When it’s time to let go

There is nothing wrong with you caring, but expecting others to care because you care, isn’t something always afforded to you.

You’ll know when it’s time not to care and it’s time to let go, when:

  • The time and energy we’re putting in isn’t reciprocated;
  • You’re growing apart;
  • You’re trying too hard to make the relationship work;
  • Friends or family stop making you a better version of yourself;
  • When you can’t count on the other person;
  • When you’re being ignored;
  • When you’re dealing with abuse;
  • When they have a hidden agenda;
  • When their life is about them;
  • When it’s clear your issues are being ignored;
  • When they don’t want to know and they don’t have your back.

When it comes to others you must stop wanting things to be right, when it’s clear they’re not right. Relationships shouldn’t feel strained or be difficult.

Focus on what you can control. When it becomes to feel too stressful, when everything about the friendship becomes a challenge and you know in your gut it’s not working, it’s time to walk away.

If you want to stop caring, it is time to make changes to your belief system. Not caring won’t make you heartless, or mean-spirited, but rather you’ll free yourself from the burden of needing to please others and not feel guilty about it.

Not everyone is worth your time, energy and support. We usually do that at the cost of our own mental health. Be honest with yourself. The truth is you are the one that’s worth your time, energy and support.

21 Jun, 2020

4 thoughts on “When it’s time to let go

  1. Given that you have spoken over the years about your experiences, this blog clearly relates to what you’ve been through. You’ve come through the other end stronger for it and through this understanding you will be able to let go.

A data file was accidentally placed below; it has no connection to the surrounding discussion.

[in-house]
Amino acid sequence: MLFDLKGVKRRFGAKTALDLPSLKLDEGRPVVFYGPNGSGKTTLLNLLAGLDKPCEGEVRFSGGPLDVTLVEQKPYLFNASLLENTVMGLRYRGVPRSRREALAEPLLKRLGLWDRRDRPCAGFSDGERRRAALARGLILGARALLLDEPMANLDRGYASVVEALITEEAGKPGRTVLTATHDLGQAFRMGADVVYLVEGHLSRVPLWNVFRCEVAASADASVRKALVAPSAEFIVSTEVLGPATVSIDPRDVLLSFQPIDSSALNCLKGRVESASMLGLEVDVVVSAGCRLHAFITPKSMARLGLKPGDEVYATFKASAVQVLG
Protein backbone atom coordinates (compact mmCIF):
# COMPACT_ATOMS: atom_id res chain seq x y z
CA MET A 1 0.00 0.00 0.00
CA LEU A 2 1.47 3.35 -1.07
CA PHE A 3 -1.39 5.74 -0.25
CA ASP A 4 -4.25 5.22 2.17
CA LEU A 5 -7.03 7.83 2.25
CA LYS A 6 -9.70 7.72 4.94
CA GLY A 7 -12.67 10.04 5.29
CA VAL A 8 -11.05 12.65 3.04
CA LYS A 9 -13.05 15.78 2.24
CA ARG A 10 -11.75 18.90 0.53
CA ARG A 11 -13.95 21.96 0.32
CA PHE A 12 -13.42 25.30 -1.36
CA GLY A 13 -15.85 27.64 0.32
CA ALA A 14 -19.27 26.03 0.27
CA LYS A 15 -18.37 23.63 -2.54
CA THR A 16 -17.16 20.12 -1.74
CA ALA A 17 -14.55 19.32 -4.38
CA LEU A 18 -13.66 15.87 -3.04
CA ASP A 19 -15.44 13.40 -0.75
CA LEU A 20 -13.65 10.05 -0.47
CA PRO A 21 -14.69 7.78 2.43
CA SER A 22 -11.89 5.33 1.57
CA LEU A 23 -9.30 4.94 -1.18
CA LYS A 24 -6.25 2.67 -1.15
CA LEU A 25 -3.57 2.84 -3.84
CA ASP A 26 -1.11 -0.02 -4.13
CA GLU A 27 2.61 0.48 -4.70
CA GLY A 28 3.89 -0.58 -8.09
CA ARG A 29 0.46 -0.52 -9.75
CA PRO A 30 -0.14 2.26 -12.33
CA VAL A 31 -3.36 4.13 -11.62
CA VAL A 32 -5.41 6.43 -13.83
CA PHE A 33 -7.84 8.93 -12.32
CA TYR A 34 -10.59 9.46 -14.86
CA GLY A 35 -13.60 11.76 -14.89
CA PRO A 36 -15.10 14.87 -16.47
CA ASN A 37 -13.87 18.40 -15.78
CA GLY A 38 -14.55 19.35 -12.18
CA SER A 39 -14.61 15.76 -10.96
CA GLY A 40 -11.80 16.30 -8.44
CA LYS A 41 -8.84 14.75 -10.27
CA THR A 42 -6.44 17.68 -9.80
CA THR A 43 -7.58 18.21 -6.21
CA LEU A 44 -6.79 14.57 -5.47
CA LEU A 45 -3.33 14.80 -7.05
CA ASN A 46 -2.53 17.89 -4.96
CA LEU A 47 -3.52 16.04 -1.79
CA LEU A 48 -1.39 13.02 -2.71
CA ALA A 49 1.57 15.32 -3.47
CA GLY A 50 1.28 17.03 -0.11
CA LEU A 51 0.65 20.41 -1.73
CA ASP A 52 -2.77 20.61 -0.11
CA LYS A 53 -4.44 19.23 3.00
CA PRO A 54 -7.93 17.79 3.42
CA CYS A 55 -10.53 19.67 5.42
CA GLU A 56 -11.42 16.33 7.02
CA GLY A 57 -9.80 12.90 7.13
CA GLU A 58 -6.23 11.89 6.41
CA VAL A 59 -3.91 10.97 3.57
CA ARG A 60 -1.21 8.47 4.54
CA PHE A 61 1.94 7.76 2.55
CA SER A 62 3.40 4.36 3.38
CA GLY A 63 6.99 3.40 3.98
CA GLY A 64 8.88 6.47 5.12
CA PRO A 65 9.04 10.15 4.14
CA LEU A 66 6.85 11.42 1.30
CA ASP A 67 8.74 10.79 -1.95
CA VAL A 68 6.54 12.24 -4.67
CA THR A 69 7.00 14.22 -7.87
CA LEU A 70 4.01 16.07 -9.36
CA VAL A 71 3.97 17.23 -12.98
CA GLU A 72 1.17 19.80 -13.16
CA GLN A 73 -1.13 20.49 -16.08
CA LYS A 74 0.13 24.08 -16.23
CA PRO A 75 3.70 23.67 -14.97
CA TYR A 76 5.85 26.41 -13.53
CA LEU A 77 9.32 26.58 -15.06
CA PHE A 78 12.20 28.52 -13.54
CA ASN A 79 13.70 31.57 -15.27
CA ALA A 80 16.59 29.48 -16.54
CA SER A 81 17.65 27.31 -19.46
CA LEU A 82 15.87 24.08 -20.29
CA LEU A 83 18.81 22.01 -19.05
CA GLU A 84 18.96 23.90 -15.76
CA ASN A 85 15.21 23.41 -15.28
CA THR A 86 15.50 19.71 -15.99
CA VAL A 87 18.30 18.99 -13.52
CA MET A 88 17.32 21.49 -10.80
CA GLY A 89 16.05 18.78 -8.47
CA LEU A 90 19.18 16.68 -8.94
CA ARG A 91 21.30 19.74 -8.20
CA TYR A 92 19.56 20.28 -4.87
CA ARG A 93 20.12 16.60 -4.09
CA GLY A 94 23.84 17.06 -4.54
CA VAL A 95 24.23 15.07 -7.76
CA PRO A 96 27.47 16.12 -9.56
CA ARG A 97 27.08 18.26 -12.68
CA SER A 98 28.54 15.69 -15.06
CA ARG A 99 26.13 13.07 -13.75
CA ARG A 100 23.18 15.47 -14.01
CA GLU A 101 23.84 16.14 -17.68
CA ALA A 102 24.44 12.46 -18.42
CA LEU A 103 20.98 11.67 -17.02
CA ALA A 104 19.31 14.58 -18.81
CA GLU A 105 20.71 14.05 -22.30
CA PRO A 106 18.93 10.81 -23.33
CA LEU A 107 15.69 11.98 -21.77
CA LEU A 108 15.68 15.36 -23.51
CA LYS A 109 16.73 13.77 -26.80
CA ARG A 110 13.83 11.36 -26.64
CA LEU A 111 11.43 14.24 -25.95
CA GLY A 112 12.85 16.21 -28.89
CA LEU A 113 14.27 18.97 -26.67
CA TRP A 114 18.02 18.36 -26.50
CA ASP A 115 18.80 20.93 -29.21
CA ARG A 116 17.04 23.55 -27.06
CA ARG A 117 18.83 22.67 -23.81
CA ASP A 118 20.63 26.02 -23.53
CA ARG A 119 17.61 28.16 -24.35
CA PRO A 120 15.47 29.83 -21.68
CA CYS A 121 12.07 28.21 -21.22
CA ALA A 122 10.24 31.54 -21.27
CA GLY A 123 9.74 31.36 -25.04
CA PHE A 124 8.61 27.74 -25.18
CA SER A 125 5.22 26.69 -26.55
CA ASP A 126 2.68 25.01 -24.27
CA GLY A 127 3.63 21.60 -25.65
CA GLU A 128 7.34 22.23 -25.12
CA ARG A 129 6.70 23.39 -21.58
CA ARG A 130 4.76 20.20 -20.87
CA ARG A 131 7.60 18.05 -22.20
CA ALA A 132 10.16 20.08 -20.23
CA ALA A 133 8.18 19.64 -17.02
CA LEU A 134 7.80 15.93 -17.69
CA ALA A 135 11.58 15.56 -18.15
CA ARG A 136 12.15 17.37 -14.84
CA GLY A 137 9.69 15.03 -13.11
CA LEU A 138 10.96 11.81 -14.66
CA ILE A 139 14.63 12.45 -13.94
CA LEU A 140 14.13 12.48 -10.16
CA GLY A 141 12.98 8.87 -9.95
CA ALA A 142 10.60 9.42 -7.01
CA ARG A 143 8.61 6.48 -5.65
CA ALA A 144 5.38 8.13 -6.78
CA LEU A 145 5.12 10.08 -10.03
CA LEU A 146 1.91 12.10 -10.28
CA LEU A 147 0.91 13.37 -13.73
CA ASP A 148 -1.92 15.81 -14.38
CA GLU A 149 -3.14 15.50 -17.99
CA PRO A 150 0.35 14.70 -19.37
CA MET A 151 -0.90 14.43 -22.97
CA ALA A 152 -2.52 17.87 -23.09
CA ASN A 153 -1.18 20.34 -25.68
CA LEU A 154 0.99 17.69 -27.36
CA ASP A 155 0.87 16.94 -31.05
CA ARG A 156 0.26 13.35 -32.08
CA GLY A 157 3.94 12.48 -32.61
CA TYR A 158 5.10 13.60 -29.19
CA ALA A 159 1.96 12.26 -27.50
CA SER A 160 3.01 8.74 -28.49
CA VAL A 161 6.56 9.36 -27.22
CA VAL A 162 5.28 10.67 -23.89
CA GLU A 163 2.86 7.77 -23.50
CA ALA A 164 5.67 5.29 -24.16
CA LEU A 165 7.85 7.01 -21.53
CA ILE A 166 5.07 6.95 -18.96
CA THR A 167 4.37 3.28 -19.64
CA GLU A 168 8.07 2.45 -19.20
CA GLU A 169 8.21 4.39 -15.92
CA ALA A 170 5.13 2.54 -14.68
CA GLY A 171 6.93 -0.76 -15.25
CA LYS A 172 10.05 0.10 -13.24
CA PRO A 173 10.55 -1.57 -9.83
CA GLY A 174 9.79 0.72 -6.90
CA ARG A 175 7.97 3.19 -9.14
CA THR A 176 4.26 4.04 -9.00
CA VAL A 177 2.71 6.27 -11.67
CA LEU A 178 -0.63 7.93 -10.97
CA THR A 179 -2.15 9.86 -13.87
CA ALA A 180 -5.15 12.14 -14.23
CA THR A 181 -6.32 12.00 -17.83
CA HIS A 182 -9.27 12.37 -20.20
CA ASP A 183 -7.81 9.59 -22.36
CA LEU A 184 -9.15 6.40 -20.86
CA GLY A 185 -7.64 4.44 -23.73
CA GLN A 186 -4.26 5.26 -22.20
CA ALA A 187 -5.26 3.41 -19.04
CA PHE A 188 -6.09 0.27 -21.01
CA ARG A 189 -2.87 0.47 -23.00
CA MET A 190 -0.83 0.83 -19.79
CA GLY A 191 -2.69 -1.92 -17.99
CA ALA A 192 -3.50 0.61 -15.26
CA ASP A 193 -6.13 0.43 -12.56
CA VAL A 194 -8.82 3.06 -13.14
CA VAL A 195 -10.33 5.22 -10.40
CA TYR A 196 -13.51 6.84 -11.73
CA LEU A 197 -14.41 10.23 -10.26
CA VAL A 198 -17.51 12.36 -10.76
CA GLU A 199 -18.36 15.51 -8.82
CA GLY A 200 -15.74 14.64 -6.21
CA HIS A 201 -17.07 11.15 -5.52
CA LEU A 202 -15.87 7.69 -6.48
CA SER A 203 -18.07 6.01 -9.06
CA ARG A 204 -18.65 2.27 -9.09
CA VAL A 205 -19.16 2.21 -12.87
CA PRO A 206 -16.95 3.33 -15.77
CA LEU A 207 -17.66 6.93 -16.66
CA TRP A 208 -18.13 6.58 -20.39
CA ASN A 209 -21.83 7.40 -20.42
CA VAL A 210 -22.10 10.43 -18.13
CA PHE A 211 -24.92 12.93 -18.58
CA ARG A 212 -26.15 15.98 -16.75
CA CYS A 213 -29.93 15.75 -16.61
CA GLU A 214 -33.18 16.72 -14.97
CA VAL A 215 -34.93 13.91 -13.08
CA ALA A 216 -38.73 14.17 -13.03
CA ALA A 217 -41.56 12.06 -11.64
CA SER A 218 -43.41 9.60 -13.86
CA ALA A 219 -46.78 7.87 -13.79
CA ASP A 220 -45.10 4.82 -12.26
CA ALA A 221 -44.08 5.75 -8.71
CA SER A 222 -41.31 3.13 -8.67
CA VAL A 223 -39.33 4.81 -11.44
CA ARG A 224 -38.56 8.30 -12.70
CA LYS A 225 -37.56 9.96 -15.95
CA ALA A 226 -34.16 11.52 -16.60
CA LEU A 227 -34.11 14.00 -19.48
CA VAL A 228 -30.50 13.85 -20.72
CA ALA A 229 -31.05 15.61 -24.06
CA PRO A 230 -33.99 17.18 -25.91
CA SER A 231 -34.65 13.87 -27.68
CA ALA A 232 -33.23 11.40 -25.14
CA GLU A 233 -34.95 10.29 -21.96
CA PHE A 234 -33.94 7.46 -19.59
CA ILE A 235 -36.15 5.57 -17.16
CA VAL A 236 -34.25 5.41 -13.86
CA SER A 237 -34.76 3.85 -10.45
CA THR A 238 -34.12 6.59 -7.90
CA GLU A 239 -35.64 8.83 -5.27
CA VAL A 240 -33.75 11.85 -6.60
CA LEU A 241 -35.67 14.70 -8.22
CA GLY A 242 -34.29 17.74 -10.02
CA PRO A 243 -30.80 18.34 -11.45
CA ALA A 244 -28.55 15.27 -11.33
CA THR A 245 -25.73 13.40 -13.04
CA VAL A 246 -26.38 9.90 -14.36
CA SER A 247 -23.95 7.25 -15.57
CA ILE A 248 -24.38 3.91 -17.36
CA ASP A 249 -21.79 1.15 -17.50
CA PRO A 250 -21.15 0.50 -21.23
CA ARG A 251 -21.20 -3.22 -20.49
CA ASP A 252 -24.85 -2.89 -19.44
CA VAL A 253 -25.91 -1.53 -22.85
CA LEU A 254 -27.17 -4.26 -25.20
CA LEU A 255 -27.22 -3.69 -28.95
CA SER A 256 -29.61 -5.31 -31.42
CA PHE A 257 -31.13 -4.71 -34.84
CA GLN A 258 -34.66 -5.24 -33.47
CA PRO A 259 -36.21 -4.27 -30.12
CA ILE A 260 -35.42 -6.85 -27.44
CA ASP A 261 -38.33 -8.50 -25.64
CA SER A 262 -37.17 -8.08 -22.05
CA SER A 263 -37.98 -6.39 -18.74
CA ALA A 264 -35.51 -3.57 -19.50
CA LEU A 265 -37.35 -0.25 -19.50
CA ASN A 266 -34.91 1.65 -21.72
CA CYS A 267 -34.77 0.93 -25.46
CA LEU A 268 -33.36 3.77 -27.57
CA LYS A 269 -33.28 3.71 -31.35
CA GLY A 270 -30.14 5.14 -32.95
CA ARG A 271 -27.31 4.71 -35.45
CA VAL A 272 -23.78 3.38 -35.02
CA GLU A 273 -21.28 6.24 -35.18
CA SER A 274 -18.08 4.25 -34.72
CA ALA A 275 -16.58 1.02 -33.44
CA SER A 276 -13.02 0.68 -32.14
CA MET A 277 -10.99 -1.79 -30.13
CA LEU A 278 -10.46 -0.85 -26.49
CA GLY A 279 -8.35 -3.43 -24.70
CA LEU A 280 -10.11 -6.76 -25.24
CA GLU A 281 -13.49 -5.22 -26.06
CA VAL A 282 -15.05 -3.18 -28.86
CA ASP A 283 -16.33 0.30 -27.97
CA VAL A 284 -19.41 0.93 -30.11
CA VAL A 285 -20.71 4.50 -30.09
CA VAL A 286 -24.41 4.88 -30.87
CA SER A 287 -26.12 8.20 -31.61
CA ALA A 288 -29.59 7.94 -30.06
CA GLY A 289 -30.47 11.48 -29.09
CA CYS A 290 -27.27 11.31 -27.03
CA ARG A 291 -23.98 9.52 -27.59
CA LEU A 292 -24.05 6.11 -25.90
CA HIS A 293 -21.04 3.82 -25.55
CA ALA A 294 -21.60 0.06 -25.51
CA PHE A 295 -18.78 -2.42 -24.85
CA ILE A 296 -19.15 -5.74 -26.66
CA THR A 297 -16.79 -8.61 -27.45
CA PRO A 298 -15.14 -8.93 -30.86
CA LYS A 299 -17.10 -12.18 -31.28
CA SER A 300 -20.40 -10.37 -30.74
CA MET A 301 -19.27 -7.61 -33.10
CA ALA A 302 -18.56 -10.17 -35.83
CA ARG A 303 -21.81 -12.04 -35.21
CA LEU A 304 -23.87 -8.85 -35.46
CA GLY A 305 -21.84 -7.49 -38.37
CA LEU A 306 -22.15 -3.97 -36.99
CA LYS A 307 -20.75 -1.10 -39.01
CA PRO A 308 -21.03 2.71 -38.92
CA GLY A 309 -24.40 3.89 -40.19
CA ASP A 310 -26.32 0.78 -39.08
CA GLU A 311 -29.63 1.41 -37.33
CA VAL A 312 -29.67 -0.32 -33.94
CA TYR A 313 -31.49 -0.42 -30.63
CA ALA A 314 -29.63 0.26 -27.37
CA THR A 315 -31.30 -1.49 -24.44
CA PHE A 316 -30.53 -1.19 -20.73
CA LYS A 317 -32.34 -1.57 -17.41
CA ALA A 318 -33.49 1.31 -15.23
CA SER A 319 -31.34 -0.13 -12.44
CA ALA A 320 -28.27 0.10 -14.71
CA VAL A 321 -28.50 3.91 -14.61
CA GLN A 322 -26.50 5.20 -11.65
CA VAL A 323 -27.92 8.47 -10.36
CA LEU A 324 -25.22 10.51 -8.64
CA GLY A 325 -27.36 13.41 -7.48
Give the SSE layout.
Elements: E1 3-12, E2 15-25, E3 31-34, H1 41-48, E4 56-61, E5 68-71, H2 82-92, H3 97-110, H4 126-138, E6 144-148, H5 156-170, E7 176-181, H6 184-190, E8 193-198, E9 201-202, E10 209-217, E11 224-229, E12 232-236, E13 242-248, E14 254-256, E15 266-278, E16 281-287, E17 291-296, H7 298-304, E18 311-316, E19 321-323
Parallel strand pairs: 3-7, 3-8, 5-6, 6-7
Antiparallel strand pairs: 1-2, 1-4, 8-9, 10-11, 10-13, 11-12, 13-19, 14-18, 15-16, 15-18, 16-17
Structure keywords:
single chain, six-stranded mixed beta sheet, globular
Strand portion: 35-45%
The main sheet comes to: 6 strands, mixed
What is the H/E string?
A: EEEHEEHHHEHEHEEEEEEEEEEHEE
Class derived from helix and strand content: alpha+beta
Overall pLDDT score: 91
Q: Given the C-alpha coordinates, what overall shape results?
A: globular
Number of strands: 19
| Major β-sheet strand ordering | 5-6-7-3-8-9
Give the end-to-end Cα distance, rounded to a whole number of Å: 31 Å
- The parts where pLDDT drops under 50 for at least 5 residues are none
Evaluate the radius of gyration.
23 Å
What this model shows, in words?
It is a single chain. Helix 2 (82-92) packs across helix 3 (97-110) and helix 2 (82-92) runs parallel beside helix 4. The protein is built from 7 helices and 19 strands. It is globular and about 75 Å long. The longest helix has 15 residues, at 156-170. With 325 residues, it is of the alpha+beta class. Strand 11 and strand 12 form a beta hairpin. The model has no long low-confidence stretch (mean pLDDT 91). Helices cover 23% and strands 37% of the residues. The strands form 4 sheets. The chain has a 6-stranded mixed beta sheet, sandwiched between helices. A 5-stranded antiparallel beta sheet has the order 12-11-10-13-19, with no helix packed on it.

I am sure many will resonate with your words. I have learned to let go of a lot of other people’s deceitful behaviour, I struggled with. It’s never too late to free ourselves from the feelings of guilt which aren’t ours to own in the first place.

    1. Thanks, yes 57 years is a lot of years. As you say, it’s not our guilt to own, if it were it would be half the battle.

      The reality is that no matter our experiences and what we’re made to experience, it doesn’t get those others off the hook. The deed is done and that can never be taken back. I think in many respects that helps us also let go.

      I shall never stop at righting a wrong, but I shall do it in a balanced, fair and measured way. Those others must take responsibility for their actions.

  2. Letting go isn’t something I’m good as I was constantly forced to let go of the things I valued as a child; I never had much of a choice.

    I was brainwashed into taking care of other people’s needs before my own, which I finally realized yesterday, when I almost got into an argument, whilst trying to pick up a free air conditioner for my girlfriend’s daughter, when they had the money to buy their own.

    My point being that when I was a kid, I was forced to feel guilty for doing anything for myself but rewarded for doing everything for everyone else which turns out to be such a thankless job.

    It is definitely time to let go of that idea seeing as most people never appreciate my efforts at all and actually complain that I’m not doing enough. I need to focus on living my own life and making myself happy for a change, since no-one else is going to do it for me.

    1. Thanks Randy. I am sure your last sentence holds true for many people.

      You must focus on your own life; but even if you were to focus on someone else, make sure you don’t leave yourself out. I think there’s a lesson in there for all of us.

      We tend to hold on to our relationships for fear of the unknown, but it is better going into the unknown, than it is to put up with a relationship that isn’t working, particularly if you have had to deal with abuse.

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